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What you need to know about carpal tunnel release surgery

If you type or make other repetitive motions at your job, you should pay close attention to your hand and wrist health. After all, according to the Mayo Clinic, repetitive hand and wrist movements can increase your chances of developing carpal tunnel syndrome.

If you have the ailment, you might experience numbness, pain and even loss of motion in your hands and fingers. Because pressure on the main nerve in your wrist causes CTS, doctors may recommend carpal tunnel release surgery. Here are some things you should know about the procedure.

It is usually successful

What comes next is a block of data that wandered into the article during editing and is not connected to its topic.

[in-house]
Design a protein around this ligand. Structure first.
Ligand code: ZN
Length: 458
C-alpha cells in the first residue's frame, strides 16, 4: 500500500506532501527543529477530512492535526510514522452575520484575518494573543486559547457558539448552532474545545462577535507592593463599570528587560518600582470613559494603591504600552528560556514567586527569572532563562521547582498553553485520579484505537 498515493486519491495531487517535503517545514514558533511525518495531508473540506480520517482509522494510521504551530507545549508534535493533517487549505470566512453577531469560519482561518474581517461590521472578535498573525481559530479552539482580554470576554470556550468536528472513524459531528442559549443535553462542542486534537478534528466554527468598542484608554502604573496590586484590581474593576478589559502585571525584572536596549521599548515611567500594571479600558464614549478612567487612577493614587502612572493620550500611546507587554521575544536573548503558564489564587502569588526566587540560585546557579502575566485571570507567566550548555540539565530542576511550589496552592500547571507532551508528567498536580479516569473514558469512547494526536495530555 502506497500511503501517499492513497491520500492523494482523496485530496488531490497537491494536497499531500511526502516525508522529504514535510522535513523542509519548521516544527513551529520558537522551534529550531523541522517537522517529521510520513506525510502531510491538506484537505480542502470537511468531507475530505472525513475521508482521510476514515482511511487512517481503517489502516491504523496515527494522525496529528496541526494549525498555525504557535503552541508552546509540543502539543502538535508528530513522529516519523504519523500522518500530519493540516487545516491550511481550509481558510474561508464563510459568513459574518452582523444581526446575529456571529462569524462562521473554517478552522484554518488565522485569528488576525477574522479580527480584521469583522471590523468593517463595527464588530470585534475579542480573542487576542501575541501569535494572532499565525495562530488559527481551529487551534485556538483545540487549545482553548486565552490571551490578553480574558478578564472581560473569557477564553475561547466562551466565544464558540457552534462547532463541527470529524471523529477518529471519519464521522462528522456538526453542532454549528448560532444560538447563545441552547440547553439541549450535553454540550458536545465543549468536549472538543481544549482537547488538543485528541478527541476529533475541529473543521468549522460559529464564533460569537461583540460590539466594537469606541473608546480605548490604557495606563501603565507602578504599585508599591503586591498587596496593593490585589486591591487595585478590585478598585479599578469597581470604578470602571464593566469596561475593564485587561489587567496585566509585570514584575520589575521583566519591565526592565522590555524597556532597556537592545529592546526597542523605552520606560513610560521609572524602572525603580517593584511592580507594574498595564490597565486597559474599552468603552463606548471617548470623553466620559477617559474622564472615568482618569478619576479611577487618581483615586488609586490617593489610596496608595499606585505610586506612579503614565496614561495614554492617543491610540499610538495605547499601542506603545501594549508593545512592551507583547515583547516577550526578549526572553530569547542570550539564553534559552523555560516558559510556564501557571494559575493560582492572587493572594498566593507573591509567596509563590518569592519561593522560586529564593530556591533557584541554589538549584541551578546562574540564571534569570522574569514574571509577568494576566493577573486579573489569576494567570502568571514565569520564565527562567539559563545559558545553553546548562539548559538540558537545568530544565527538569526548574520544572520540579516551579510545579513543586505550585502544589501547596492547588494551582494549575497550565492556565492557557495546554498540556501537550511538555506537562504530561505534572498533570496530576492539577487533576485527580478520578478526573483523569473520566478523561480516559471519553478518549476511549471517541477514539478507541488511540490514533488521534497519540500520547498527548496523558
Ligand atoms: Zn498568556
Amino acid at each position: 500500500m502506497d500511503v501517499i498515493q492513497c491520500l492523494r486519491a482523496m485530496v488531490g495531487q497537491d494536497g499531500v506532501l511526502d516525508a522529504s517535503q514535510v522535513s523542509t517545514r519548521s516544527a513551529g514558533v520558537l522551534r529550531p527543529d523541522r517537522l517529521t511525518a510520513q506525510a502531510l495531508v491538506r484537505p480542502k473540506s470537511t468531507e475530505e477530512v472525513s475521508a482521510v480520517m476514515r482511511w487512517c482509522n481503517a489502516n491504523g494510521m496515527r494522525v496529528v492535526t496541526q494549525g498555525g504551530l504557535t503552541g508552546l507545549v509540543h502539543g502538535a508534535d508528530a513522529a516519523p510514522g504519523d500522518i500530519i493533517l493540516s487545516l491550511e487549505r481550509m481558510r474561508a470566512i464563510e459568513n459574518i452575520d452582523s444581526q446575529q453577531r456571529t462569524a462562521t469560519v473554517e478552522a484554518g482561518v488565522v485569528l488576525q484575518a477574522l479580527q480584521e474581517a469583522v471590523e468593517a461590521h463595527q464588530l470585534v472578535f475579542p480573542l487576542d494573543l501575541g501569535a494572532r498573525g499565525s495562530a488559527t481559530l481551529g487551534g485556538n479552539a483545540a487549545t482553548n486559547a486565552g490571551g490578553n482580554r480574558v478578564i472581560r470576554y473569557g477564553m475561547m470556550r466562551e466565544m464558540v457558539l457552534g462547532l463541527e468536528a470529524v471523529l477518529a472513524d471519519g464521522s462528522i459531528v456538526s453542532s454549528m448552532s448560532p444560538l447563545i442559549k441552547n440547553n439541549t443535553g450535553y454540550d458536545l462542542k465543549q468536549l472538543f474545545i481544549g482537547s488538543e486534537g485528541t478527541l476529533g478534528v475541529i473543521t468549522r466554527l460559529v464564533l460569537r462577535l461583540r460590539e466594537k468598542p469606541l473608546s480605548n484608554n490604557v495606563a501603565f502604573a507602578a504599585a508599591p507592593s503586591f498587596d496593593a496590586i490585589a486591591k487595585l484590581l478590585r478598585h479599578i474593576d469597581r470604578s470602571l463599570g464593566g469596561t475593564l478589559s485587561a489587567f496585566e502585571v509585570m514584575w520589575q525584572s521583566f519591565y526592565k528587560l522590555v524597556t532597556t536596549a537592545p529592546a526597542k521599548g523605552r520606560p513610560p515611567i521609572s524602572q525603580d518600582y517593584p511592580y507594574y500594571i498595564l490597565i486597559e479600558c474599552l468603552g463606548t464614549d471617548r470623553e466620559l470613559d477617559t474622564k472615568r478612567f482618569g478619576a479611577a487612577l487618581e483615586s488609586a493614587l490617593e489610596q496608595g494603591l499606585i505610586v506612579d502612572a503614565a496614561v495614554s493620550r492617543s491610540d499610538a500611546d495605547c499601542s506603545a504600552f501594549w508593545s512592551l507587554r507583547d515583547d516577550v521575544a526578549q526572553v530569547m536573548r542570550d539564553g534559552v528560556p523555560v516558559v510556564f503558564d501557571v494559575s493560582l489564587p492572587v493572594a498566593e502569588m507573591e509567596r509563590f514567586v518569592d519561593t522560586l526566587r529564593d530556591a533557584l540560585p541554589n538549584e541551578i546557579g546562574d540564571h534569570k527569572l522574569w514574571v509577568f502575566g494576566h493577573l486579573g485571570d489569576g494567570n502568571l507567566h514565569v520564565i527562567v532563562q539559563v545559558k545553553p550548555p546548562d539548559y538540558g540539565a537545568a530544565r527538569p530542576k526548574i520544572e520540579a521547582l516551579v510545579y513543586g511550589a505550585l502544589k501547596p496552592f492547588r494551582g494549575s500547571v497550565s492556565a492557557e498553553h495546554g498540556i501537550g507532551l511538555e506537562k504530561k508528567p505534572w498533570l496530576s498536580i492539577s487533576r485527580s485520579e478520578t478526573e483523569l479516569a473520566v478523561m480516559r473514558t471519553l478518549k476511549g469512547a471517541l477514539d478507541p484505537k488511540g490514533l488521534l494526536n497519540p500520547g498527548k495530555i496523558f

Modern technology has improved the effectiveness of carpal tunnel release surgery, so if you have the procedure, you can expect to receive positive results. In fact, the Orthopedic Institute of New Jersey says the surgery has more than a 90% success rate.

You will need physical therapy

You should not expect immediate results, though. Indeed, after the procedure, you might have some pain. Doctors also are likely to order you to rest your hand and wrist. Eventually, though, you probably will need physical therapy to restore movement.

You can return to work

Due to the invasiveness of carpal tunnel release surgery, you undoubtedly will have to miss work. If you listen to your doctors and complete physical therapy, however, you probably can return to your job after a few weeks.

Ultimately, by pursuing workers’ compensation benefits, you can focus on your recovery rather than worrying about not being able to support yourself and your family members.